Sexting among young teens may translate to risky sexual behaviors in real life, finds a new study.
The study found that more than one-fifth of seventh graders who were considered "at-risk" because of behavioral and emotional difficulties admitted to sexting.
This group of 12 to 14-year-olds were found to be more likely to kiss, have oral sex and sexual intercourse compared to their peers who did not send the explicit text messages, CBS News reported
The study authors said that these data suggest that phone behaviors, even flirtatious messages, may be an indicator of risk.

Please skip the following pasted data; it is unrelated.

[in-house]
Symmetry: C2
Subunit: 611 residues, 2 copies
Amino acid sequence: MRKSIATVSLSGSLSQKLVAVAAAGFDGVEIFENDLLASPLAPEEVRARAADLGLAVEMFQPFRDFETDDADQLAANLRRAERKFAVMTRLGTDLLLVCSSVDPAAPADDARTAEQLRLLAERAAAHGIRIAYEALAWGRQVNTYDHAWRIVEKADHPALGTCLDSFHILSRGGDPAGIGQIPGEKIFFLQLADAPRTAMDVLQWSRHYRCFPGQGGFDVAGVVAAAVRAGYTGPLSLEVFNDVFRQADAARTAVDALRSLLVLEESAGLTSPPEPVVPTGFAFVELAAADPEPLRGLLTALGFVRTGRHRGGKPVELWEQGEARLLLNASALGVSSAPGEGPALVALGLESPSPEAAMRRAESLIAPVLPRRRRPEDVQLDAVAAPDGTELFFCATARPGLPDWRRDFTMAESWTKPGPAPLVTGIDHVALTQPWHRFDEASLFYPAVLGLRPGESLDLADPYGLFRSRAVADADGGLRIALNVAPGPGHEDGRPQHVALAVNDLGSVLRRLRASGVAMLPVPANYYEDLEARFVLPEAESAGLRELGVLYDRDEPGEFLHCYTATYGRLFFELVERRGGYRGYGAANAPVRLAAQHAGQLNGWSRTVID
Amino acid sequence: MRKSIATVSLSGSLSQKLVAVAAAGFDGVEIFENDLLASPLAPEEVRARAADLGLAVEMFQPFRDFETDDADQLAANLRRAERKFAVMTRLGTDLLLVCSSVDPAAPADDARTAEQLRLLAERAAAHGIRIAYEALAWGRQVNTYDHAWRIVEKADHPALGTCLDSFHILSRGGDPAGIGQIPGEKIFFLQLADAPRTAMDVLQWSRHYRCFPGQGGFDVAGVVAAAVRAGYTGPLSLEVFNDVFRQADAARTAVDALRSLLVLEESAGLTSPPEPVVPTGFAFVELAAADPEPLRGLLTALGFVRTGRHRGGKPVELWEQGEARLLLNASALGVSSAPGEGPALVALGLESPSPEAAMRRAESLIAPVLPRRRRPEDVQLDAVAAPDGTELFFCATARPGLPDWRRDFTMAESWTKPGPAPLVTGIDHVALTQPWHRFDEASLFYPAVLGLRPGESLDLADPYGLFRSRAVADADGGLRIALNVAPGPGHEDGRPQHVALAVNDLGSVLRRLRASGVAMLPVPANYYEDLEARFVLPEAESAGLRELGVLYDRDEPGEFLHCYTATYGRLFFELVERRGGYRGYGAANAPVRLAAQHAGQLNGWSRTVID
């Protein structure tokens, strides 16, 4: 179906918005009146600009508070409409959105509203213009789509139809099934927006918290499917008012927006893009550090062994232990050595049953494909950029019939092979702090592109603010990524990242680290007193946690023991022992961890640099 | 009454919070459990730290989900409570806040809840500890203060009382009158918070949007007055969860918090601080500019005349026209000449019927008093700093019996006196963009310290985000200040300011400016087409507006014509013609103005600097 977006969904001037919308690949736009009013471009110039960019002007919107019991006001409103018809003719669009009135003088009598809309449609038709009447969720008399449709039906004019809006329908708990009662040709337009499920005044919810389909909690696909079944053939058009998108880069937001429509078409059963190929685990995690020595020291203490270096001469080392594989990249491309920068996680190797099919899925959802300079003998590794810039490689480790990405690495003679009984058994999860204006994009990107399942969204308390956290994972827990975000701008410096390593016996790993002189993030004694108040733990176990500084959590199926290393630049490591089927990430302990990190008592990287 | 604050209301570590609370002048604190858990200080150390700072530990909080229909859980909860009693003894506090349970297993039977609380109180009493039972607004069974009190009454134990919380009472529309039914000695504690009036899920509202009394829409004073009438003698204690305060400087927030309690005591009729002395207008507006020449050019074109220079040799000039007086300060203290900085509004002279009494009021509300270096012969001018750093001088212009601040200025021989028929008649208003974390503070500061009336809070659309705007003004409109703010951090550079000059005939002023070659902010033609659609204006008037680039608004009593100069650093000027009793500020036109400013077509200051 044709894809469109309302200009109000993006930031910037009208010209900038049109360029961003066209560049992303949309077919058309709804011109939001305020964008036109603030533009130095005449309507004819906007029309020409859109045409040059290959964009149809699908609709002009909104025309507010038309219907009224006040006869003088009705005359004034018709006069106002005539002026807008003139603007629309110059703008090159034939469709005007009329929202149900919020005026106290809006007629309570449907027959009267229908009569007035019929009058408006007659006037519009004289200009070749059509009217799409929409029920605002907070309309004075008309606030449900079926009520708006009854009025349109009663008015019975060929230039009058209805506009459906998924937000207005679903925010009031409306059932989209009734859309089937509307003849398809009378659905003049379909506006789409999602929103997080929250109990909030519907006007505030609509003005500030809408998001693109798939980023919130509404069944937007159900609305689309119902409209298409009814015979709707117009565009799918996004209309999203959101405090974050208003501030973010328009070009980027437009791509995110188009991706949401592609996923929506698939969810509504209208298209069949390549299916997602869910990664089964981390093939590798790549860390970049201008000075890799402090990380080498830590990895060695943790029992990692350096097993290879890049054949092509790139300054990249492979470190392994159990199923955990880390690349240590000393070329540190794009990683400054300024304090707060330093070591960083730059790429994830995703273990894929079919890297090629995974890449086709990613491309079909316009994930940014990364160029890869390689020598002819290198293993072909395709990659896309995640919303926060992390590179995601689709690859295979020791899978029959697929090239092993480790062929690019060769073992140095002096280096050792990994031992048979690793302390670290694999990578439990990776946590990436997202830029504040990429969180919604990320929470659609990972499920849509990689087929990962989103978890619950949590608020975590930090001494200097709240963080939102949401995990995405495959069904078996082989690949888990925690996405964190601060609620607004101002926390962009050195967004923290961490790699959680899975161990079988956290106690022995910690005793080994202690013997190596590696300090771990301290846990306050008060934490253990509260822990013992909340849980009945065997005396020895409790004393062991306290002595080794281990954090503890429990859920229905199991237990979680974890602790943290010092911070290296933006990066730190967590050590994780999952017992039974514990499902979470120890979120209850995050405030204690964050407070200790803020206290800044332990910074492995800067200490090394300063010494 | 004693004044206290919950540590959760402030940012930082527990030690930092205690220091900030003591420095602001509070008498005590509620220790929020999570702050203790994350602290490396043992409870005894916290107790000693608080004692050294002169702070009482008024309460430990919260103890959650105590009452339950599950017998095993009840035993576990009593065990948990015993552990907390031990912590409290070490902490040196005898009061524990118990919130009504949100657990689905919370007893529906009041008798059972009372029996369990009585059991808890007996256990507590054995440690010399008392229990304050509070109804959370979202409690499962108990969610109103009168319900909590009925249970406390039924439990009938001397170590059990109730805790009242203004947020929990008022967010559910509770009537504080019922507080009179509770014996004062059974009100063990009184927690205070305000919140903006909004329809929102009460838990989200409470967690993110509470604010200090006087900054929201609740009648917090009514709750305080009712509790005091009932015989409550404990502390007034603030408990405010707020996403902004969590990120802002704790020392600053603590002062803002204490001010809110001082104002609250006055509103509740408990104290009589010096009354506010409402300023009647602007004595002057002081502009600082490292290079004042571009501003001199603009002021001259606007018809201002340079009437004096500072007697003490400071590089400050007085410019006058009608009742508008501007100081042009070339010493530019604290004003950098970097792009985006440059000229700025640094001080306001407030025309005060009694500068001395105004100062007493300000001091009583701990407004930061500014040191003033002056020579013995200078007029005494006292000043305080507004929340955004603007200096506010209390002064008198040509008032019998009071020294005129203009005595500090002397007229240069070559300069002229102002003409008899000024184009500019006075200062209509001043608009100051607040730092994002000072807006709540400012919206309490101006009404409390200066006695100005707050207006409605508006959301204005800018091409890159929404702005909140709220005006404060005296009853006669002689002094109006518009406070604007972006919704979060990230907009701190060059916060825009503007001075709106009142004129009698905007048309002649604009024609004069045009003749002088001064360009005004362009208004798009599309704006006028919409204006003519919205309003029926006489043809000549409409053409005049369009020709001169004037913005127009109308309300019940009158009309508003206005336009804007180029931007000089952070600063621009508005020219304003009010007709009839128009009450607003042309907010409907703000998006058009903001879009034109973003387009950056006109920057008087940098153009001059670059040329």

Clinicians, parents and health programs should discuss sexting with early adolescents, they said.
Several studies have looked at the sexting behaviors of high school students. An estimated twenty-five percent of teens admitted to sending sexts in a July 2013 study, and 76.2 percent said they were asked to send a sext.
This study was the first to focus specifically on a middle school-aged group of students and link sexting to the prevalence of actual sexual behaviors, according to its authors.
The research is published in the journal Pediatrics.